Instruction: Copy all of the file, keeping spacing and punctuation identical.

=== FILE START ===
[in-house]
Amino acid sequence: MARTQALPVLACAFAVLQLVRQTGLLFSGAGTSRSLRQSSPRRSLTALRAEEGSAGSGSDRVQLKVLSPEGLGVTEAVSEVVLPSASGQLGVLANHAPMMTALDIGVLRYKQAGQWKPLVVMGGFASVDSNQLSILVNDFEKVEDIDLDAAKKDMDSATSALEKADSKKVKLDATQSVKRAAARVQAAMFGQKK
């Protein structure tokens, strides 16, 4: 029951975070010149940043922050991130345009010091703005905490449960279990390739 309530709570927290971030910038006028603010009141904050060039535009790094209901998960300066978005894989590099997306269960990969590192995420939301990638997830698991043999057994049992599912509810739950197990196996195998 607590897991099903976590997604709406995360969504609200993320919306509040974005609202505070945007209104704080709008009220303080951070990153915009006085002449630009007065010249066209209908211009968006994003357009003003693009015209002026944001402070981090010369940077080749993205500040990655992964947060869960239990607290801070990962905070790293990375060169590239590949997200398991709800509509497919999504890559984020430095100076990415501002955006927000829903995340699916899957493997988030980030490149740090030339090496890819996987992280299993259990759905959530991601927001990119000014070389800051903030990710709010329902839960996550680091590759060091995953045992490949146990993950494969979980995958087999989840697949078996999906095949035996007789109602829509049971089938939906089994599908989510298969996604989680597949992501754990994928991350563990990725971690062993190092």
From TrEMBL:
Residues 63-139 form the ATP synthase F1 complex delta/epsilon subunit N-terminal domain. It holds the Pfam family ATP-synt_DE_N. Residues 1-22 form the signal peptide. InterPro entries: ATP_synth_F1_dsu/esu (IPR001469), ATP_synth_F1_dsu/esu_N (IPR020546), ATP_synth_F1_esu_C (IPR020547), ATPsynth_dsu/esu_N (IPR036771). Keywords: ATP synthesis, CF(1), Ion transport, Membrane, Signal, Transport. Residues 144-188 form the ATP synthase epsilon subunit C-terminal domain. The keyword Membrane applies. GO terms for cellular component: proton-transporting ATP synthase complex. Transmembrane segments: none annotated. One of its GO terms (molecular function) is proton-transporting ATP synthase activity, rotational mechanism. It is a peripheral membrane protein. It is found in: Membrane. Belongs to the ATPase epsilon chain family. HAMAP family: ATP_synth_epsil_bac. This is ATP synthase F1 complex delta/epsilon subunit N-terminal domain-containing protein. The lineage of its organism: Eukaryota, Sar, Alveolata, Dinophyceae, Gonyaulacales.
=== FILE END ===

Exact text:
[in-house]
Amino acid sequence: MARTQALPVLACAFAVLQLVRQTGLLFSGAGTSRSLRQSSPRRSLTALRAEEGSAGSGSDRVQLKVLSPEGLGVTEAVSEVVLPSASGQLGVLANHAPMMTALDIGVLRYKQAGQWKPLVVMGGFASVDSNQLSILVNDFEKVEDIDLDAAKKDMDSATSALEKADSKKVKLDATQSVKRAAARVQAAMFGQKK
């Protein structure tokens, strides 16, 4: 029951975070010149940043922050991130345009010091703005905490449960279990390739 309530709570927290971030910038006028603010009141904050060039535009790094209901998960300066978005894989590099997306269960990969590192995420939301990638997830698991043999057994049992599912509810739950197990196996195998 607590897991099903976590997604709406995360969504609200993320919306509040974005609202505070945007209104704080709008009220303080951070990153915009006085002449630009007065010249066209209908211009968006994003357009003003693009015209002026944001402070981090010369940077080749993205500040990655992964947060869960239990607290801070990962905070790293990375060169590239590949997200398991709800509509497919999504890559984020430095100076990415501002955006927000829903995340699916899957493997988030980030490149740090030339090496890819996987992280299993259990759905959530991601927001990119000014070389800051903030990710709010329902839960996550680091590759060091995953045992490949146990993950494969979980995958087999989840697949078996999906095949035996007789109602829509049971089938939906089994599908989510298969996604989680597949992501754990994928991350563990990725971690062993190092």
From TrEMBL:
Residues 63-139 form the ATP synthase F1 complex delta/epsilon subunit N-terminal domain. It holds the Pfam family ATP-synt_DE_N. Residues 1-22 form the signal peptide. InterPro entries: ATP_synth_F1_dsu/esu (IPR001469), ATP_synth_F1_dsu/esu_N (IPR020546), ATP_synth_F1_esu_C (IPR020547), ATPsynth_dsu/esu_N (IPR036771). Keywords: ATP synthesis, CF(1), Ion transport, Membrane, Signal, Transport. Residues 144-188 form the ATP synthase epsilon subunit C-terminal domain. The keyword Membrane applies. GO terms for cellular component: proton-transporting ATP synthase complex. Transmembrane segments: none annotated. One of its GO terms (molecular function) is proton-transporting ATP synthase activity, rotational mechanism. It is a peripheral membrane protein. It is found in: Membrane. Belongs to the ATPase epsilon chain family. HAMAP family: ATP_synth_epsil_bac. This is ATP synthase F1 complex delta/epsilon subunit N-terminal domain-containing protein. The lineage of its organism: Eukaryota, Sar, Alveolata, Dinophyceae, Gonyaulacales.